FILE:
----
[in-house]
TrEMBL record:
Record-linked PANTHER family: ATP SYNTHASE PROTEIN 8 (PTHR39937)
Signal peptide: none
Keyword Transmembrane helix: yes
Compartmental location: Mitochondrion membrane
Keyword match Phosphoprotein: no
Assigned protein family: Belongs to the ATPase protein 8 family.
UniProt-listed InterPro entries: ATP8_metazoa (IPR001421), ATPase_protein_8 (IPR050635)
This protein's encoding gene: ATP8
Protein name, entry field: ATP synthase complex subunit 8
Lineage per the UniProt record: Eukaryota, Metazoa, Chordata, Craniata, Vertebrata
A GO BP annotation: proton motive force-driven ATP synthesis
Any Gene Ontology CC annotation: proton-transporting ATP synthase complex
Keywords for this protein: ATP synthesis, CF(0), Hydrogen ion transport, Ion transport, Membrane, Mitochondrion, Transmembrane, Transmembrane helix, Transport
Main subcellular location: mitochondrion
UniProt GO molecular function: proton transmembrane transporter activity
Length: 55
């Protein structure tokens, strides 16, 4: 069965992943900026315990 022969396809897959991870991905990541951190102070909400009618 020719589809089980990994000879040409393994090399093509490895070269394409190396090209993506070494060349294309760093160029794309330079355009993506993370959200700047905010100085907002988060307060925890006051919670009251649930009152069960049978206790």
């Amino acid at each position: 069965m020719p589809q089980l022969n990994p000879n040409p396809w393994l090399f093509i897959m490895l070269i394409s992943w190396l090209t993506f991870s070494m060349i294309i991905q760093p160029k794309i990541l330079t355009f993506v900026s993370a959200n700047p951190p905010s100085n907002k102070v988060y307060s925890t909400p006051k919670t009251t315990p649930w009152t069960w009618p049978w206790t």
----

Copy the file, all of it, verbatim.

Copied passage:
[in-house]
TrEMBL record:
Record-linked PANTHER family: ATP SYNTHASE PROTEIN 8 (PTHR39937)
Signal peptide: none
Keyword Transmembrane helix: yes
Compartmental location: Mitochondrion membrane
Keyword match Phosphoprotein: no
Assigned protein family: Belongs to the ATPase protein 8 family.
UniProt-listed InterPro entries: ATP8_metazoa (IPR001421), ATPase_protein_8 (IPR050635)
This protein's encoding gene: ATP8
Protein name, entry field: ATP synthase complex subunit 8
Lineage per the UniProt record: Eukaryota, Metazoa, Chordata, Craniata, Vertebrata
A GO BP annotation: proton motive force-driven ATP synthesis
Any Gene Ontology CC annotation: proton-transporting ATP synthase complex
Keywords for this protein: ATP synthesis, CF(0), Hydrogen ion transport, Ion transport, Membrane, Mitochondrion, Transmembrane, Transmembrane helix, Transport
Main subcellular location: mitochondrion
UniProt GO molecular function: proton transmembrane transporter activity
Length: 55
């Protein structure tokens, strides 16, 4: 069965992943900026315990 022969396809897959991870991905990541951190102070909400009618 020719589809089980990994000879040409393994090399093509490895070269394409190396090209993506070494060349294309760093160029794309330079355009993506993370959200700047905010100085907002988060307060925890006051919670009251649930009152069960049978206790």
């Amino acid at each position: 069965m020719p589809q089980l022969n990994p000879n040409p396809w393994l090399f093509i897959m490895l070269i394409s992943w190396l090209t993506f991870s070494m060349i294309i991905q760093p160029k794309i990541l330079t355009f993506v900026s993370a959200n700047p951190p905010s100085n907002k102070v988060y307060s925890t909400p006051k919670t009251t315990p649930w009152t069960w009618p049978w206790t």